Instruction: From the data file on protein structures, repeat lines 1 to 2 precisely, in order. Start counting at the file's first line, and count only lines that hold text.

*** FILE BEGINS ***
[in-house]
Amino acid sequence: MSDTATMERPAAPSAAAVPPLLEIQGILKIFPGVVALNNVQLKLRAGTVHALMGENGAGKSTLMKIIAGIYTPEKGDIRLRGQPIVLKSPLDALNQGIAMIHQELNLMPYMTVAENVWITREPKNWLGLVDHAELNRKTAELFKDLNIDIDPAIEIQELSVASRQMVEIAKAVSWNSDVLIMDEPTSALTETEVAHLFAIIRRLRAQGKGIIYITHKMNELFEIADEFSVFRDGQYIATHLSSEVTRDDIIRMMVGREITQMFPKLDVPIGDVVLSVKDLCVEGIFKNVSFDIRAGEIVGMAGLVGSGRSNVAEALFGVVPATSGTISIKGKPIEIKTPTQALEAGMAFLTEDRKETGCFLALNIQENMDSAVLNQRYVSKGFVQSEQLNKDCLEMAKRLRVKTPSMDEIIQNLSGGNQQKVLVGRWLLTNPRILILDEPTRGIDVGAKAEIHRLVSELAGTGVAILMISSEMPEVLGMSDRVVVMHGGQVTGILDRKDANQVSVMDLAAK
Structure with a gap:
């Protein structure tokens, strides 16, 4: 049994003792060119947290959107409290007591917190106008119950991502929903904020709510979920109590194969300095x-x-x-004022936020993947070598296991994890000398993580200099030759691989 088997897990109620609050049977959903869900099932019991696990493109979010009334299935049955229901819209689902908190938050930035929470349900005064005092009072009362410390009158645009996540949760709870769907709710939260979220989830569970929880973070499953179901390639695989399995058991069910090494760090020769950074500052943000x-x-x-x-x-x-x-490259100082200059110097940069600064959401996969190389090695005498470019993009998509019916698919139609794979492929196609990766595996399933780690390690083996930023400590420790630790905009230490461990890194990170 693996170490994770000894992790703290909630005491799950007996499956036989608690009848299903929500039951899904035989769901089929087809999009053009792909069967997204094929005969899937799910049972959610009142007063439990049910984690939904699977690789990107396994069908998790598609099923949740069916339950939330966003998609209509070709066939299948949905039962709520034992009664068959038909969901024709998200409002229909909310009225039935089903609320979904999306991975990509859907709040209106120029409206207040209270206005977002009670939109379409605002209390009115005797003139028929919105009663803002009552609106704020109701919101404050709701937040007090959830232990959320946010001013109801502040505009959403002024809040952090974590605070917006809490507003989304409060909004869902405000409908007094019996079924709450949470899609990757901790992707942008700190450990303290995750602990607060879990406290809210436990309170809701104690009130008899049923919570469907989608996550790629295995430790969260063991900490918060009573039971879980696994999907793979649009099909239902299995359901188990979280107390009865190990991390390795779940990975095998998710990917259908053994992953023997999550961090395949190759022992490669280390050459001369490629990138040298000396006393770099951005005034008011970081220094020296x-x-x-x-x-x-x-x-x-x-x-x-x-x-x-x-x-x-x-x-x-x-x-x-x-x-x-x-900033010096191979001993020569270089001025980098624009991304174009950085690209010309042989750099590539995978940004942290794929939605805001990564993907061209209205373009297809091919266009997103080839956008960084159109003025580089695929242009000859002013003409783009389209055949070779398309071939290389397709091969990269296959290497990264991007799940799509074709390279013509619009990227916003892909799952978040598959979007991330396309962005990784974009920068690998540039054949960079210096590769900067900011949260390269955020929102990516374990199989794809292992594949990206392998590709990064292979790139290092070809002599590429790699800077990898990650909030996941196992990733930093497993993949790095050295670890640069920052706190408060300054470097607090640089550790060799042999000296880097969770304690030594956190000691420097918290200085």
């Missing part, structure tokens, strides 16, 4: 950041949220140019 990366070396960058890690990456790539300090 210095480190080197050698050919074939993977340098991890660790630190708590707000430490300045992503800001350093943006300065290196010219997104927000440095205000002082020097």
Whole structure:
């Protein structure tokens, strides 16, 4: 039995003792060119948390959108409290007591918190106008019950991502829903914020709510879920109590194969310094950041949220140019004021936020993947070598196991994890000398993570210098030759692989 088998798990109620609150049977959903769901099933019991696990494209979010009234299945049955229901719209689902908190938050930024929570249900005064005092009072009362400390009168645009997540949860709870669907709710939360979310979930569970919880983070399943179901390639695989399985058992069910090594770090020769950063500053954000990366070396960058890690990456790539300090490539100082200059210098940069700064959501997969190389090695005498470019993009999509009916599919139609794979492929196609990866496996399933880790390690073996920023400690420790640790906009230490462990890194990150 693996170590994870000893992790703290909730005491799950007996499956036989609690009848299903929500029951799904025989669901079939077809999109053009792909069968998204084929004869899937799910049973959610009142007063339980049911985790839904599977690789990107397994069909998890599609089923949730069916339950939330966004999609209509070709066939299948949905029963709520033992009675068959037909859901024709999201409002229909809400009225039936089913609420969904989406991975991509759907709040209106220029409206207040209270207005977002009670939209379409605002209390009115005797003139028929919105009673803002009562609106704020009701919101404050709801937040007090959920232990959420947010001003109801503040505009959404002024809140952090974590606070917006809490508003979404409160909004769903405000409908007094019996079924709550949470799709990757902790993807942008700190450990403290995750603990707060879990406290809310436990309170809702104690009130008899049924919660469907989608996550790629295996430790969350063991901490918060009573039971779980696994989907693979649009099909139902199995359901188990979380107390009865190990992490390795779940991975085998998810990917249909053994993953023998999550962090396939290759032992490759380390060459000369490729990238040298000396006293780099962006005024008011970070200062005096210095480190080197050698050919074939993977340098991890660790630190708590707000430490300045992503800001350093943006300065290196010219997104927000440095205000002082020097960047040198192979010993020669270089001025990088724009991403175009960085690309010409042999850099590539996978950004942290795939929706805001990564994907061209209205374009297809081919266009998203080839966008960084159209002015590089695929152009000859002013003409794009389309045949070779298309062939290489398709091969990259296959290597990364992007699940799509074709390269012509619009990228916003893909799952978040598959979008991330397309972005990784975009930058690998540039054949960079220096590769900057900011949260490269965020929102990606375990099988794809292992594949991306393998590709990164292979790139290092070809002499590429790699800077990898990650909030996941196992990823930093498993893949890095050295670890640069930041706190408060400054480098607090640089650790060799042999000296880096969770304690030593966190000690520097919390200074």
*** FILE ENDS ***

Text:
[in-house]
Amino acid sequence: MSDTATMERPAAPSAAAVPPLLEIQGILKIFPGVVALNNVQLKLRAGTVHALMGENGAGKSTLMKIIAGIYTPEKGDIRLRGQPIVLKSPLDALNQGIAMIHQELNLMPYMTVAENVWITREPKNWLGLVDHAELNRKTAELFKDLNIDIDPAIEIQELSVASRQMVEIAKAVSWNSDVLIMDEPTSALTETEVAHLFAIIRRLRAQGKGIIYITHKMNELFEIADEFSVFRDGQYIATHLSSEVTRDDIIRMMVGREITQMFPKLDVPIGDVVLSVKDLCVEGIFKNVSFDIRAGEIVGMAGLVGSGRSNVAEALFGVVPATSGTISIKGKPIEIKTPTQALEAGMAFLTEDRKETGCFLALNIQENMDSAVLNQRYVSKGFVQSEQLNKDCLEMAKRLRVKTPSMDEIIQNLSGGNQQKVLVGRWLLTNPRILILDEPTRGIDVGAKAEIHRLVSELAGTGVAILMISSEMPEVLGMSDRVVVMHGGQVTGILDRKDANQVSVMDLAAK